Be gentle with yourself
By all means, don't blame yourself for feeling stressed out. "There's no reason to think that because you're having a strong reaction to this that you're weak," Grace says. "It's reasonable to feel upset or anxious about this. I feel it! All that I know [as a psychologist], I still feel it."
Take some small action today
I'm a chronic worrier, so I've been reading Robert Leahy's book The Worry Cure. One of his suggestions for cutting off that worst-case-scenario projecting into the future we often do is to take some small action, something you can do today. So if you find yourself stressing over our impending apocalypse, stop and make a donation to your candidate or volunteer for your candidate or find something you can do today to make your world a better place, however small. Help someone carry their groceries in, anything.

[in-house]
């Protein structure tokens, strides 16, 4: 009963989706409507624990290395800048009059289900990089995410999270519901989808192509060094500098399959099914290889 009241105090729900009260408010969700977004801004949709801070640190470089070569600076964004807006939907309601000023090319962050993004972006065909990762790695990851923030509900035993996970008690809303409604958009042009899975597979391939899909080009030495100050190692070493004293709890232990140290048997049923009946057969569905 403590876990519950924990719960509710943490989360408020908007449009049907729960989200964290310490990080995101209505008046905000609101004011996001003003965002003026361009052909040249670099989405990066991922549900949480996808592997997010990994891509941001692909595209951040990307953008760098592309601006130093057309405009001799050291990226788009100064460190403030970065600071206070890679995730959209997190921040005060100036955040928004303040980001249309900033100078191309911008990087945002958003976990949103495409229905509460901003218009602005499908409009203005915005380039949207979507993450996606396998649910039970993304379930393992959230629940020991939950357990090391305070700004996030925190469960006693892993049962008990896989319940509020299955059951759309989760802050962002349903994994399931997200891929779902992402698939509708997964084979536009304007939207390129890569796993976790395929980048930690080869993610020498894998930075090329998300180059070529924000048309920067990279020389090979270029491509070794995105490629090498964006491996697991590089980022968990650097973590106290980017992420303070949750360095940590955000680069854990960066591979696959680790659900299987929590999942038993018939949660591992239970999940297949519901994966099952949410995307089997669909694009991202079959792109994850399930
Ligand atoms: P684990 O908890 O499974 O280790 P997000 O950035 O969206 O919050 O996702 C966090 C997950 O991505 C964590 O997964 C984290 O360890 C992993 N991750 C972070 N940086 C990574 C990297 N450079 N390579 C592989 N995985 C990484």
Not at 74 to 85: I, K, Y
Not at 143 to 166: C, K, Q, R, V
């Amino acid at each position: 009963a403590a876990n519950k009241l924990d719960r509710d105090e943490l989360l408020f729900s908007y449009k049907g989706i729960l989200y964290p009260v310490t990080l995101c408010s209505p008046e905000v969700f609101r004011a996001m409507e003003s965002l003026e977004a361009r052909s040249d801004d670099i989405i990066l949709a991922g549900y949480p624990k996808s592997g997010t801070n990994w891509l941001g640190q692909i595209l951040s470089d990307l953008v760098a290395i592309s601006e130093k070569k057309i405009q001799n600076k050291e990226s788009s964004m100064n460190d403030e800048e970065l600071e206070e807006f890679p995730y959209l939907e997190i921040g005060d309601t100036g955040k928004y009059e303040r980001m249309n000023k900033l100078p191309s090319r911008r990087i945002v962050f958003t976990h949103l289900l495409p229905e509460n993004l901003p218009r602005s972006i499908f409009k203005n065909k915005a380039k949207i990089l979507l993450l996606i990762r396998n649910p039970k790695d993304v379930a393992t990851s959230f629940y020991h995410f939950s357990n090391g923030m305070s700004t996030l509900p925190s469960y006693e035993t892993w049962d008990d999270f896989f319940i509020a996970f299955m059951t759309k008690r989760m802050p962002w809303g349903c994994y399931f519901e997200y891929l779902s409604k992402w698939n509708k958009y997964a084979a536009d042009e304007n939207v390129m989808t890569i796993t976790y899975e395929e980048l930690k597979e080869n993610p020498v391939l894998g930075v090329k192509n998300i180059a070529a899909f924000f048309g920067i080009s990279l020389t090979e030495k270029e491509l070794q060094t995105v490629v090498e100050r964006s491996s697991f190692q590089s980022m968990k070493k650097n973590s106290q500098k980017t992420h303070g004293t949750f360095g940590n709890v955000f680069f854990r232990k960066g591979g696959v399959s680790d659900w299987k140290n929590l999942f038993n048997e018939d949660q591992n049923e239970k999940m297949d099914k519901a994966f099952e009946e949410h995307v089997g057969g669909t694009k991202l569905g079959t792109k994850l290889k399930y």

See this as an opportunity
Connecting with others also opens the possibility for collective healing. "Donald Trump is bringing out the most disgusting parts of what's not cleansed out of our society, the most despicable parts of it," Moore says, but this exposure could inspire us to take back our own power. I asked Grace if she saw hope for Americans to learn and evolve from this election, and she said, "I'm very optimistic by nature and a lot of this has prompted people to talk about issues in a way that we haven't done before."
It's my hope that as we do the work to build our resilience at this time, we'll find the collective power to rise and rebuild a better world together in the years to come.